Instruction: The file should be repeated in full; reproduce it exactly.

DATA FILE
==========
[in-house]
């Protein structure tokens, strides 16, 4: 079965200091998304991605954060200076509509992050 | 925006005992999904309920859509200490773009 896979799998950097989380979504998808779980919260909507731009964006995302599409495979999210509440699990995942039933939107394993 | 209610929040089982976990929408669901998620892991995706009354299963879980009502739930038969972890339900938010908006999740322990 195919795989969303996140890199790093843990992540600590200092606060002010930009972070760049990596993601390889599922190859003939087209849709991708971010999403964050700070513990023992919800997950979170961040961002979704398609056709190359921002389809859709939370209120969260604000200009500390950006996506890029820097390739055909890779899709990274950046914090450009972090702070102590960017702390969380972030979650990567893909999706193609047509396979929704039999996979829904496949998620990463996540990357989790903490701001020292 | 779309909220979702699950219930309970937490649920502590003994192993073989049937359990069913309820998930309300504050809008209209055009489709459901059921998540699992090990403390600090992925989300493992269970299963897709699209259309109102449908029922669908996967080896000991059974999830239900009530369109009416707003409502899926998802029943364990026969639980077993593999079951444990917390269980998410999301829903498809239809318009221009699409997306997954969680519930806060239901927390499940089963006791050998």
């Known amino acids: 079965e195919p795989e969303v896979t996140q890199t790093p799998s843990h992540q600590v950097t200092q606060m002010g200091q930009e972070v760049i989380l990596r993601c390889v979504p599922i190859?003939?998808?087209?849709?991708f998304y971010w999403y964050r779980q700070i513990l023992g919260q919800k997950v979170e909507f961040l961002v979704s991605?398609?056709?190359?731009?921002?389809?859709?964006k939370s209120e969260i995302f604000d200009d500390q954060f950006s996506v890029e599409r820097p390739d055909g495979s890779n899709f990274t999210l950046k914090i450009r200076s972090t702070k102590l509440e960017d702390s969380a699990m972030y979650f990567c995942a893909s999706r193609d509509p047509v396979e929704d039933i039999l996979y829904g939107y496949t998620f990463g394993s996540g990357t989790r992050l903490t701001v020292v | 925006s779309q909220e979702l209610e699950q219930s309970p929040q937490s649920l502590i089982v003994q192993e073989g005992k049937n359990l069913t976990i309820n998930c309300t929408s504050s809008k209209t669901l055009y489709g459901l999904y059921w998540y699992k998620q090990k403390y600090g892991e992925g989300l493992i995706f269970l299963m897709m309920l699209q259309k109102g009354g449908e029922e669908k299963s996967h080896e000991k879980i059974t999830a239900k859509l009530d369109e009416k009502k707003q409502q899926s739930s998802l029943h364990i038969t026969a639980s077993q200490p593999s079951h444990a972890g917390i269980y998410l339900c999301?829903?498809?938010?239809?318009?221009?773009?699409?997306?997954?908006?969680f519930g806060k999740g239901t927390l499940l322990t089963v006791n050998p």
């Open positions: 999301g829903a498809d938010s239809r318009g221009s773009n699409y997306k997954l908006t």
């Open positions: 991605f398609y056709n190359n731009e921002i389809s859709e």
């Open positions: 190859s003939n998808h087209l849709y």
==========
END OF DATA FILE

[in-house]
């Protein structure tokens, strides 16, 4: 079965200091998304991605954060200076509509992050 | 925006005992999904309920859509200490773009 896979799998950097989380979504998808779980919260909507731009964006995302599409495979999210509440699990995942039933939107394993 | 209610929040089982976990929408669901998620892991995706009354299963879980009502739930038969972890339900938010908006999740322990 195919795989969303996140890199790093843990992540600590200092606060002010930009972070760049990596993601390889599922190859003939087209849709991708971010999403964050700070513990023992919800997950979170961040961002979704398609056709190359921002389809859709939370209120969260604000200009500390950006996506890029820097390739055909890779899709990274950046914090450009972090702070102590960017702390969380972030979650990567893909999706193609047509396979929704039999996979829904496949998620990463996540990357989790903490701001020292 | 779309909220979702699950219930309970937490649920502590003994192993073989049937359990069913309820998930309300504050809008209209055009489709459901059921998540699992090990403390600090992925989300493992269970299963897709699209259309109102449908029922669908996967080896000991059974999830239900009530369109009416707003409502899926998802029943364990026969639980077993593999079951444990917390269980998410999301829903498809239809318009221009699409997306997954969680519930806060239901927390499940089963006791050998």
């Known amino acids: 079965e195919p795989e969303v896979t996140q890199t790093p799998s843990h992540q600590v950097t200092q606060m002010g200091q930009e972070v760049i989380l990596r993601c390889v979504p599922i190859?003939?998808?087209?849709?991708f998304y971010w999403y964050r779980q700070i513990l023992g919260q919800k997950v979170e909507f961040l961002v979704s991605?398609?056709?190359?731009?921002?389809?859709?964006k939370s209120e969260i995302f604000d200009d500390q954060f950006s996506v890029e599409r820097p390739d055909g495979s890779n899709f990274t999210l950046k914090i450009r200076s972090t702070k102590l509440e960017d702390s969380a699990m972030y979650f990567c995942a893909s999706r193609d509509p047509v396979e929704d039933i039999l996979y829904g939107y496949t998620f990463g394993s996540g990357t989790r992050l903490t701001v020292v | 925006s779309q909220e979702l209610e699950q219930s309970p929040q937490s649920l502590i089982v003994q192993e073989g005992k049937n359990l069913t976990i309820n998930c309300t929408s504050s809008k209209t669901l055009y489709g459901l999904y059921w998540y699992k998620q090990k403390y600090g892991e992925g989300l493992i995706f269970l299963m897709m309920l699209q259309k109102g009354g449908e029922e669908k299963s996967h080896e000991k879980i059974t999830a239900k859509l009530d369109e009416k009502k707003q409502q899926s739930s998802l029943h364990i038969t026969a639980s077993q200490p593999s079951h444990a972890g917390i269980y998410l339900c999301?829903?498809?938010?239809?318009?221009?773009?699409?997306?997954?908006?969680f519930g806060k999740g239901t927390l499940l322990t089963v006791n050998p």
């Open positions: 999301g829903a498809d938010s239809r318009g221009s773009n699409y997306k997954l908006t």
């Open positions: 991605f398609y056709n190359n731009e921002i389809s859709e």
């Open positions: 190859s003939n998808h087209l849709y």